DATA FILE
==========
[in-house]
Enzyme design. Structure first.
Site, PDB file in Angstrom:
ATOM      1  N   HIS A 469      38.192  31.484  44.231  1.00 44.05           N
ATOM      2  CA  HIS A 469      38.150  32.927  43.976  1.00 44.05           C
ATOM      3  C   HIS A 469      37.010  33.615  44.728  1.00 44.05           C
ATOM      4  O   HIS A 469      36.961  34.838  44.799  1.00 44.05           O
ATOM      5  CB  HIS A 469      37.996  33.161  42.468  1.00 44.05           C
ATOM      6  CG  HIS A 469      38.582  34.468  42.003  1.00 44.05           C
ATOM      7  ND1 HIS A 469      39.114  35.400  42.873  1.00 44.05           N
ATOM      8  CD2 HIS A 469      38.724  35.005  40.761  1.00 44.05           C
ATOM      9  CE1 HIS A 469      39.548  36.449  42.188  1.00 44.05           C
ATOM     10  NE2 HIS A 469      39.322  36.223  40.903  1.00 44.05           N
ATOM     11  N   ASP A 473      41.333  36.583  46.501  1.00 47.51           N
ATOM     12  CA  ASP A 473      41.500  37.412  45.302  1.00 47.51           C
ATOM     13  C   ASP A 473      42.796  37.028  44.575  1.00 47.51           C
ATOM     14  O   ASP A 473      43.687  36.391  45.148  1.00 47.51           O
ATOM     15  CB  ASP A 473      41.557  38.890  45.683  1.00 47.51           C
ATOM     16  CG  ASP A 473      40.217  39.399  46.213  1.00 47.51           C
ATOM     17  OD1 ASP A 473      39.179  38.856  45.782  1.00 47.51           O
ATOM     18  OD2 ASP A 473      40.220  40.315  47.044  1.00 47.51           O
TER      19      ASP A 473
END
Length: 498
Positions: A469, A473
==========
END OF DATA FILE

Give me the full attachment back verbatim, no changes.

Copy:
[in-house]
Enzyme design. Structure first.
Site, PDB file in Angstrom:
ATOM      1  N   HIS A 469      38.192  31.484  44.231  1.00 44.05           N
ATOM      2  CA  HIS A 469      38.150  32.927  43.976  1.00 44.05           C
ATOM      3  C   HIS A 469      37.010  33.615  44.728  1.00 44.05           C
ATOM      4  O   HIS A 469      36.961  34.838  44.799  1.00 44.05           O
ATOM      5  CB  HIS A 469      37.996  33.161  42.468  1.00 44.05           C
ATOM      6  CG  HIS A 469      38.582  34.468  42.003  1.00 44.05           C
ATOM      7  ND1 HIS A 469      39.114  35.400  42.873  1.00 44.05           N
ATOM      8  CD2 HIS A 469      38.724  35.005  40.761  1.00 44.05           C
ATOM      9  CE1 HIS A 469      39.548  36.449  42.188  1.00 44.05           C
ATOM     10  NE2 HIS A 469      39.322  36.223  40.903  1.00 44.05           N
ATOM     11  N   ASP A 473      41.333  36.583  46.501  1.00 47.51           N
ATOM     12  CA  ASP A 473      41.500  37.412  45.302  1.00 47.51           C
ATOM     13  C   ASP A 473      42.796  37.028  44.575  1.00 47.51           C
ATOM     14  O   ASP A 473      43.687  36.391  45.148  1.00 47.51           O
ATOM     15  CB  ASP A 473      41.557  38.890  45.683  1.00 47.51           C
ATOM     16  CG  ASP A 473      40.217  39.399  46.213  1.00 47.51           C
ATOM     17  OD1 ASP A 473      39.179  38.856  45.782  1.00 47.51           O
ATOM     18  OD2 ASP A 473      40.220  40.315  47.044  1.00 47.51           O
TER      19      ASP A 473
END
Length: 498
Positions: A469, A473